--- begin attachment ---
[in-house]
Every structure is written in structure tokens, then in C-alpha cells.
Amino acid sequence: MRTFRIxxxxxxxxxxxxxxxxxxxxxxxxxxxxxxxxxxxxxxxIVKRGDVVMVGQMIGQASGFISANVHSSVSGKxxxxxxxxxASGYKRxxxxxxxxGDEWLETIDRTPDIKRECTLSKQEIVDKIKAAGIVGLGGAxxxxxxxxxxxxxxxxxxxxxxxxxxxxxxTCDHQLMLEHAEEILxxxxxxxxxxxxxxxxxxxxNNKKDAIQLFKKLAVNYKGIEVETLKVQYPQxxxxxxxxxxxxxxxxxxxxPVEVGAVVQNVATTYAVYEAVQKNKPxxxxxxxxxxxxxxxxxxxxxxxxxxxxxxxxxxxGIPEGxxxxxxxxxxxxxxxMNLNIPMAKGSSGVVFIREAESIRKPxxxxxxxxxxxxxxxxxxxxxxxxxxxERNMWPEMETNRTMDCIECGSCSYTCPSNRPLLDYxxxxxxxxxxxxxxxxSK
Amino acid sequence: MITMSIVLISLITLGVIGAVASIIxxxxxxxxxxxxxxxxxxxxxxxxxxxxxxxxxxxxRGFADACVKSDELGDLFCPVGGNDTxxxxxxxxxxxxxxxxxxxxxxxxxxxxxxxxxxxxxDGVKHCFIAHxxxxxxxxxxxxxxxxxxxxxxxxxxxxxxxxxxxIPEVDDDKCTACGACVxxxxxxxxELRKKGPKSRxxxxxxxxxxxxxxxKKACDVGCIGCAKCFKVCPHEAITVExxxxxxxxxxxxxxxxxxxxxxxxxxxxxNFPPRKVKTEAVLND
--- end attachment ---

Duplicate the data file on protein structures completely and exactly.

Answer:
[in-house]
Every structure is written in structure tokens, then in C-alpha cells.
Amino acid sequence: MRTFRIxxxxxxxxxxxxxxxxxxxxxxxxxxxxxxxxxxxxxxxIVKRGDVVMVGQMIGQASGFISANVHSSVSGKxxxxxxxxxASGYKRxxxxxxxxGDEWLETIDRTPDIKRECTLSKQEIVDKIKAAGIVGLGGAxxxxxxxxxxxxxxxxxxxxxxxxxxxxxxTCDHQLMLEHAEEILxxxxxxxxxxxxxxxxxxxxNNKKDAIQLFKKLAVNYKGIEVETLKVQYPQxxxxxxxxxxxxxxxxxxxxPVEVGAVVQNVATTYAVYEAVQKNKPxxxxxxxxxxxxxxxxxxxxxxxxxxxxxxxxxxxGIPEGxxxxxxxxxxxxxxxMNLNIPMAKGSSGVVFIREAESIRKPxxxxxxxxxxxxxxxxxxxxxxxxxxxERNMWPEMETNRTMDCIECGSCSYTCPSNRPLLDYxxxxxxxxxxxxxxxxSK
Amino acid sequence: MITMSIVLISLITLGVIGAVASIIxxxxxxxxxxxxxxxxxxxxxxxxxxxxxxxxxxxxRGFADACVKSDELGDLFCPVGGNDTxxxxxxxxxxxxxxxxxxxxxxxxxxxxxxxxxxxxxDGVKHCFIAHxxxxxxxxxxxxxxxxxxxxxxxxxxxxxxxxxxxIPEVDDDKCTACGACVxxxxxxxxELRKKGPKSRxxxxxxxxxxxxxxxKKACDVGCIGCAKCFKVCPHEAITVExxxxxxxxxxxxxxxxxxxxxxxxxxxxxNFPPRKVKTEAVLND